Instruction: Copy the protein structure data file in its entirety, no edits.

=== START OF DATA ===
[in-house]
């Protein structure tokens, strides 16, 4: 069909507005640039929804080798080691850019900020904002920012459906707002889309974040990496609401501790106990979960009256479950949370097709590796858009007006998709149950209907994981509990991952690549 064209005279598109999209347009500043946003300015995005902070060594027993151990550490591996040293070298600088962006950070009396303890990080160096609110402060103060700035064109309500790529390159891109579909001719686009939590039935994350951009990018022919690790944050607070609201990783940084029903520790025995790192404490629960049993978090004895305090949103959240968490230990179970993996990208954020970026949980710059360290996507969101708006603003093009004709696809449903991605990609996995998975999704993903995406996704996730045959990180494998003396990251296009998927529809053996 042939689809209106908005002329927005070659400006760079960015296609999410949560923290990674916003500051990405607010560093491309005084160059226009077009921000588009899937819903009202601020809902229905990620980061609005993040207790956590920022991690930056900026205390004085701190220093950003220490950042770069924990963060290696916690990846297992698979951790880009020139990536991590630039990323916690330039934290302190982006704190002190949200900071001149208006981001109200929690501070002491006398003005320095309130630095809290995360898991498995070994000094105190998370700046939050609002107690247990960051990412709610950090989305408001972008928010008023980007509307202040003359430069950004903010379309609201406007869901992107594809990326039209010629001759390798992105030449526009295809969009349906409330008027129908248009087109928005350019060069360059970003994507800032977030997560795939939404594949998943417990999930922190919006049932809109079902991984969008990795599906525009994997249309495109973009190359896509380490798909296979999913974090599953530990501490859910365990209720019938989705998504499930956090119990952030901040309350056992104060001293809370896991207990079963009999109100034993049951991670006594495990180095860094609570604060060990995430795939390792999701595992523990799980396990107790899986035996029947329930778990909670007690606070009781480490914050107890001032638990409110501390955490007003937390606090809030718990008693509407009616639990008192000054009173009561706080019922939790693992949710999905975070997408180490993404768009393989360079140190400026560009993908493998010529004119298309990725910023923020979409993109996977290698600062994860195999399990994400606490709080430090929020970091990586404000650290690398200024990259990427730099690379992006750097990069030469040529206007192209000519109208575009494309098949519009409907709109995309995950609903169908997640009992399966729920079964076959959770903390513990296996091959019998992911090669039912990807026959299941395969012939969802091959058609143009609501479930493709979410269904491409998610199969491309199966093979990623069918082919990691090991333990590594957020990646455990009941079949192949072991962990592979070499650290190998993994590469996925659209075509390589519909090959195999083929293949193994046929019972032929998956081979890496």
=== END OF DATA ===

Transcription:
[in-house]
């Protein structure tokens, strides 16, 4: 069909507005640039929804080798080691850019900020904002920012459906707002889309974040990496609401501790106990979960009256479950949370097709590796858009007006998709149950209907994981509990991952690549 064209005279598109999209347009500043946003300015995005902070060594027993151990550490591996040293070298600088962006950070009396303890990080160096609110402060103060700035064109309500790529390159891109579909001719686009939590039935994350951009990018022919690790944050607070609201990783940084029903520790025995790192404490629960049993978090004895305090949103959240968490230990179970993996990208954020970026949980710059360290996507969101708006603003093009004709696809449903991605990609996995998975999704993903995406996704996730045959990180494998003396990251296009998927529809053996 042939689809209106908005002329927005070659400006760079960015296609999410949560923290990674916003500051990405607010560093491309005084160059226009077009921000588009899937819903009202601020809902229905990620980061609005993040207790956590920022991690930056900026205390004085701190220093950003220490950042770069924990963060290696916690990846297992698979951790880009020139990536991590630039990323916690330039934290302190982006704190002190949200900071001149208006981001109200929690501070002491006398003005320095309130630095809290995360898991498995070994000094105190998370700046939050609002107690247990960051990412709610950090989305408001972008928010008023980007509307202040003359430069950004903010379309609201406007869901992107594809990326039209010629001759390798992105030449526009295809969009349906409330008027129908248009087109928005350019060069360059970003994507800032977030997560795939939404594949998943417990999930922190919006049932809109079902991984969008990795599906525009994997249309495109973009190359896509380490798909296979999913974090599953530990501490859910365990209720019938989705998504499930956090119990952030901040309350056992104060001293809370896991207990079963009999109100034993049951991670006594495990180095860094609570604060060990995430795939390792999701595992523990799980396990107790899986035996029947329930778990909670007690606070009781480490914050107890001032638990409110501390955490007003937390606090809030718990008693509407009616639990008192000054009173009561706080019922939790693992949710999905975070997408180490993404768009393989360079140190400026560009993908493998010529004119298309990725910023923020979409993109996977290698600062994860195999399990994400606490709080430090929020970091990586404000650290690398200024990259990427730099690379992006750097990069030469040529206007192209000519109208575009494309098949519009409907709109995309995950609903169908997640009992399966729920079964076959959770903390513990296996091959019998992911090669039912990807026959299941395969012939969802091959058609143009609501479930493709979410269904491409998610199969491309199966093979990623069918082919990691090991333990590594957020990646455990009941079949192949072991962990592979070499650290190998993994590469996925659209075509390589519909090959195999083929293949193994046929019972032929998956081979890496």